The Environmental Protection Agency plays judge, jury, and executioner—and its newest-issued rule is a death sentence to American energy and energy-producing states.

Meanwhile, states like Pennsylvania, which will be disproportionately harmed by the rule because of our abundant natural gas production, hold the key to America’s increasing energy needs, generating immense economic development and reducing the very emissions targeted by this heavy-handed agency.  

The EPA unilaterally issued a final rule establishing draconian emission standards that target existing coal and new natural gas power plants nationwide. It requires 90% carbon capture for power-generating facilities by 2032.  

Aside from its questionable legality, the new rule is unfeasible. The EPA proposed impossible standards. Current carbon-capture technology—a water- and energy-intensive process that filters and sequesters emissions—neither meets this standard nor projects to do so in the next decade.

Research suggests that current technology could achieve, at best, 10% capture, which still doesn’t factor in the immense implementation costs. No utility-scale natural gas carbon capture plant exists today, so forcing a transition to nonexistent technology within a decade is unreasonable. 

This egregious federal overreach will not stand in court. In West Virginia v. EPA, the U.S. Supreme Court ruled that the agency lacked the legal authority to devise such emissions caps. As the current legal challenge works through the courts, our highest court will likely strike down this new rule, too. 

National energy forecasts show rising demand with a plummeting capacity for our existing energy infrastructure to deliver. Because of bad policies in the name of climate radicalism, early retirements of fossil fuel-based power-generating facilities are already catapulting us to an electrical grid reliability crisis. Meanwhile, utility bills increase as power generators chase federal subsidies to overbuild unreliable, weather-dependent wind- and solar-based electrical generation facilities. 

Because of this, two-thirds of the United States risks major blackouts in the next few years. Yet, the EPA doesn’t consider grid reliability when creating its regulations, much less safeguard it. 

Per agency protocol, the EPA “does not conduct operational reliability studies,” meaning the agency ignores the widening gap between supply and demand. 

The failure to defend grid reliability is a recipe for disaster. 

Unfortunately, disaster has already struck. In 2022, a winter storm in Texas caused 4.5 million people to lose power, killing 246 people who couldn’t heat their homes in subzero temperatures. Increased capacity—namely, more natural gas pipelines—could have saved lives in Texas. The North American Electric Reliability Corp. warned lawmakers that the lack of pipelines and infrastructure leaves the country susceptible to similar tragedies. 

Natural gas remains the most economically feasible option to meet that demand in time. (Meanwhile, work must continue to leverage other energy sources, such as nuclear, to accommodate our growing need for baseload power, which is the minimum amount needed to maintain and power our grid.)  

To understand the benefits of natural gas, Pennsylvania, the second-largest producer of natural gas and the largest energy exporter in the nation, provides ample evidence. 

In the last two decades, the Keystone State’s energy generation sector has increased energy production and reduced emissions—all thanks to natural gas.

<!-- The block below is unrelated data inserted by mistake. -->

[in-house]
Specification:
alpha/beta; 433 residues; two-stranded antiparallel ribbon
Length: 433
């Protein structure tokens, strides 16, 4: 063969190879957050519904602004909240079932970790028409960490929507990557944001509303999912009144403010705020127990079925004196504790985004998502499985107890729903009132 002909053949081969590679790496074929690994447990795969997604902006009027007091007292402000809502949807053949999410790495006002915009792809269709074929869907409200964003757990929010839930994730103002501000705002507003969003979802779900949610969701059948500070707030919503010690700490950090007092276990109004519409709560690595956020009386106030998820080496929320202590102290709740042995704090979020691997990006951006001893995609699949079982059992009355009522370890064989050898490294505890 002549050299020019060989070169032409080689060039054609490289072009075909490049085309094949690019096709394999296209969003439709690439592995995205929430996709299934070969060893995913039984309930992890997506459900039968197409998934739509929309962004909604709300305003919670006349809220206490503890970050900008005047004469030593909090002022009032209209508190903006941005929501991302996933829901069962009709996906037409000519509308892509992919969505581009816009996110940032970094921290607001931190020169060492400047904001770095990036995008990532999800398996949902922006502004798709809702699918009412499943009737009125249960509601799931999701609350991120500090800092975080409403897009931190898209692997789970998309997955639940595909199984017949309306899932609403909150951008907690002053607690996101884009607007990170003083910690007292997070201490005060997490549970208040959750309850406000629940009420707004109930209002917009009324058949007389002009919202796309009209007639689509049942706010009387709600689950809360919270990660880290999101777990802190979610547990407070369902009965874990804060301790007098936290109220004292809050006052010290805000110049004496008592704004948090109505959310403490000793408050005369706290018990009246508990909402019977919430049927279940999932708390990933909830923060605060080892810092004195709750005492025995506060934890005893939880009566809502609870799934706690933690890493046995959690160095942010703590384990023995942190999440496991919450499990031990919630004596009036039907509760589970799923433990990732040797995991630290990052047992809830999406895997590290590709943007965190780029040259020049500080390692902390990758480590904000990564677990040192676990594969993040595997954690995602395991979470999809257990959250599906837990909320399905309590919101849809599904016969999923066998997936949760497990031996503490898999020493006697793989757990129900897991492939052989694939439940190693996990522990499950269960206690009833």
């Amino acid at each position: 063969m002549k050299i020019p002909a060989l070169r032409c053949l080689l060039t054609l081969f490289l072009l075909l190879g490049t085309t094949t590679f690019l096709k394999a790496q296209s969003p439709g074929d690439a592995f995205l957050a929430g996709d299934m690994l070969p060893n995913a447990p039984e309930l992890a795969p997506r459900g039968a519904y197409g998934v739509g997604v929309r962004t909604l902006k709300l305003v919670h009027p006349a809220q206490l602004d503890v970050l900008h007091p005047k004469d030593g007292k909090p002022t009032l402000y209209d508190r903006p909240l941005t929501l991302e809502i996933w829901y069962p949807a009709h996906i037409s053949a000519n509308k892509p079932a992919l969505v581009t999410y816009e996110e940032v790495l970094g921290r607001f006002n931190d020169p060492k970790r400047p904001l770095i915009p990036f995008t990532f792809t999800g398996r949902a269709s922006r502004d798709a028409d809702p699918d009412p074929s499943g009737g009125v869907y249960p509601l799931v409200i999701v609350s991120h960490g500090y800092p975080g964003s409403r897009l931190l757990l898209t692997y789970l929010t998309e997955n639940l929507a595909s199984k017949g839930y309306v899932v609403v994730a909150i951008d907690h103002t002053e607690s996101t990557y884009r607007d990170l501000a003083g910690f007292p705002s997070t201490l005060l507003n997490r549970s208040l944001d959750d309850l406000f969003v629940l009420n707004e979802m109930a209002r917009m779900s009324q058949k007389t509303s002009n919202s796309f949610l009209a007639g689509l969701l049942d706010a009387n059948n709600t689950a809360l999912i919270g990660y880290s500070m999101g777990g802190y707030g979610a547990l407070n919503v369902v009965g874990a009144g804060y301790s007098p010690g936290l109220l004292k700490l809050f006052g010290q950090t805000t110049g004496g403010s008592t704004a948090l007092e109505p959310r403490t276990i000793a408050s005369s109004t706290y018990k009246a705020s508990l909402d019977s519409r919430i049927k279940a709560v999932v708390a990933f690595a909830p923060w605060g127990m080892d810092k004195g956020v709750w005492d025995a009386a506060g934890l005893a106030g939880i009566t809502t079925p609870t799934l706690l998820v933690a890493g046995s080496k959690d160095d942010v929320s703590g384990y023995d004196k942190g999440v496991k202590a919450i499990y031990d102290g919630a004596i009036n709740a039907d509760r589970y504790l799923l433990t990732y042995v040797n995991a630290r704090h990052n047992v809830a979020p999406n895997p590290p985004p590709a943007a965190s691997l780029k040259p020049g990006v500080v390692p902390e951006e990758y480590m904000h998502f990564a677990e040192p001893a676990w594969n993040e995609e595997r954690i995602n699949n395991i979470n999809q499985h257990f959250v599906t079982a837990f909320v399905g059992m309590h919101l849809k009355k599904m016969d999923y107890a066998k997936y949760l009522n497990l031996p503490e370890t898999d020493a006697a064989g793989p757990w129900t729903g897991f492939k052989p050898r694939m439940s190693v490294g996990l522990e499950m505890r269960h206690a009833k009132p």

The share of Pennsylvania’s electricity production that comes from natural gas increased from 5% in 2005 to 59% in 2022. During that same period, overall energy production emissions dropped 46%, including the most significant year-over-year decline on record.  

Transitioning to natural gas proved to be a boon to public health in Pennsylvania. This transition removed about 12.5 million tons of nitrogen and sulfur oxides—emissions associated with respiratory ailments like asthma, pneumonia, bronchitis, and lung cancer.

Using the EPA’s methodology for quantifying the health impact of removing these emissions from the atmosphere, Pennsylvania’s increased use of natural gas yielded between $450 billion and $1.04 trillion in public health benefits for residents. 

Despite natural gas’ benefits, Pennsylvania still endures the same worrisome trend of pernicious eco-fundamentalist policies. Pennsylvania lawmakers flirt with onerous “cap and trade” schemes, such as the Regional Greenhouse Gas Initiative or the newly proposed Pennsylvania Climate Emissions Reduction Initiative. By slapping a carbon tax on energy production, these two initiatives guarantee increased utility bills for inflation-weary Pennsylvanians.  

The EPA’s rule is like these initiatives on steroids. The rule will not only lead to blackouts and brownouts nationwide but also will force the economies of energy-producing states to forego supporting—and benefiting from—our ever-growing energy demands. 

Instead, policymakers must remove the regulatory barriers that hamstring energy-producing states and prevent the energy industry from providing reliable, clean power.

Moreover, Congress must advance the Regulations from the Executive in Need of Scrutiny Act, a policy supported by 68% of Americans, to boost accountability and transparency with federal regulators. The act would require Congress to approve administrative rules that would have significant financial impacts before they could take effect. 

A future without fossil fuel-generated power is a myth. Almost 80% of the world’s energy comes from fossil fuel sources. Rather than obstruct clean, reliable energy, the EPA must allow natural gas to light the way to American energy independence.  

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